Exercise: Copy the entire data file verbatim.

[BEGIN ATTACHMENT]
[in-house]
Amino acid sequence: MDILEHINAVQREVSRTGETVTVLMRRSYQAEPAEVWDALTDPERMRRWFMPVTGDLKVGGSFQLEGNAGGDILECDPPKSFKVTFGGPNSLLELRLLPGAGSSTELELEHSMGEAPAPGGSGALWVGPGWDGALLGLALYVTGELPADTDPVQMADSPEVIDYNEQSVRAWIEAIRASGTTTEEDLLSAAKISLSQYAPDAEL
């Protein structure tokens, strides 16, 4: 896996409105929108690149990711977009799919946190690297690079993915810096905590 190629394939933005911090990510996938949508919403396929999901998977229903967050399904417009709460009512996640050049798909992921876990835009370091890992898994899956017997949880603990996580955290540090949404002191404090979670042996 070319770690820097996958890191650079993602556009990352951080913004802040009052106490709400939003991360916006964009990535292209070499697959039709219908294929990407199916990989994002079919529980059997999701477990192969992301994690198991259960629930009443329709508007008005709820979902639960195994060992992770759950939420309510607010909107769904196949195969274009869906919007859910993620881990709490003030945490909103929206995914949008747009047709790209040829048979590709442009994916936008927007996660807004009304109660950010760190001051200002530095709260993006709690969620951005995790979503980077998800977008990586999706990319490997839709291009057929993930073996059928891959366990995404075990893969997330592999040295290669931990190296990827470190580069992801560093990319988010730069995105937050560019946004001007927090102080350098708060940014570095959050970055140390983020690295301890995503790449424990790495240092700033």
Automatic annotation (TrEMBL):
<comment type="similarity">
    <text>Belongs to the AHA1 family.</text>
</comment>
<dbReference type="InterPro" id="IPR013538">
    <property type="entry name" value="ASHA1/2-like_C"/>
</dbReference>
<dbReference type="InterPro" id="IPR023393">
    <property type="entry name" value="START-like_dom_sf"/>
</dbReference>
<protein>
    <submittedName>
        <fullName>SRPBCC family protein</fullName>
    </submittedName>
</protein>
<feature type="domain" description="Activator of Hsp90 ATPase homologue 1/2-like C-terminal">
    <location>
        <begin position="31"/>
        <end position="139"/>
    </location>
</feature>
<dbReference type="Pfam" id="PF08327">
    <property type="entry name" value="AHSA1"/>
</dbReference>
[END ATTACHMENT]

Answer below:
[in-house]
Amino acid sequence: MDILEHINAVQREVSRTGETVTVLMRRSYQAEPAEVWDALTDPERMRRWFMPVTGDLKVGGSFQLEGNAGGDILECDPPKSFKVTFGGPNSLLELRLLPGAGSSTELELEHSMGEAPAPGGSGALWVGPGWDGALLGLALYVTGELPADTDPVQMADSPEVIDYNEQSVRAWIEAIRASGTTTEEDLLSAAKISLSQYAPDAEL
């Protein structure tokens, strides 16, 4: 896996409105929108690149990711977009799919946190690297690079993915810096905590 190629394939933005911090990510996938949508919403396929999901998977229903967050399904417009709460009512996640050049798909992921876990835009370091890992898994899956017997949880603990996580955290540090949404002191404090979670042996 070319770690820097996958890191650079993602556009990352951080913004802040009052106490709400939003991360916006964009990535292209070499697959039709219908294929990407199916990989994002079919529980059997999701477990192969992301994690198991259960629930009443329709508007008005709820979902639960195994060992992770759950939420309510607010909107769904196949195969274009869906919007859910993620881990709490003030945490909103929206995914949008747009047709790209040829048979590709442009994916936008927007996660807004009304109660950010760190001051200002530095709260993006709690969620951005995790979503980077998800977008990586999706990319490997839709291009057929993930073996059928891959366990995404075990893969997330592999040295290669931990190296990827470190580069992801560093990319988010730069995105937050560019946004001007927090102080350098708060940014570095959050970055140390983020690295301890995503790449424990790495240092700033």
Automatic annotation (TrEMBL):
<comment type="similarity">
    <text>Belongs to the AHA1 family.</text>
</comment>
<dbReference type="InterPro" id="IPR013538">
    <property type="entry name" value="ASHA1/2-like_C"/>
</dbReference>
<dbReference type="InterPro" id="IPR023393">
    <property type="entry name" value="START-like_dom_sf"/>
</dbReference>
<protein>
    <submittedName>
        <fullName>SRPBCC family protein</fullName>
    </submittedName>
</protein>
<feature type="domain" description="Activator of Hsp90 ATPase homologue 1/2-like C-terminal">
    <location>
        <begin position="31"/>
        <end position="139"/>
    </location>
</feature>
<dbReference type="Pfam" id="PF08327">
    <property type="entry name" value="AHSA1"/>
</dbReference>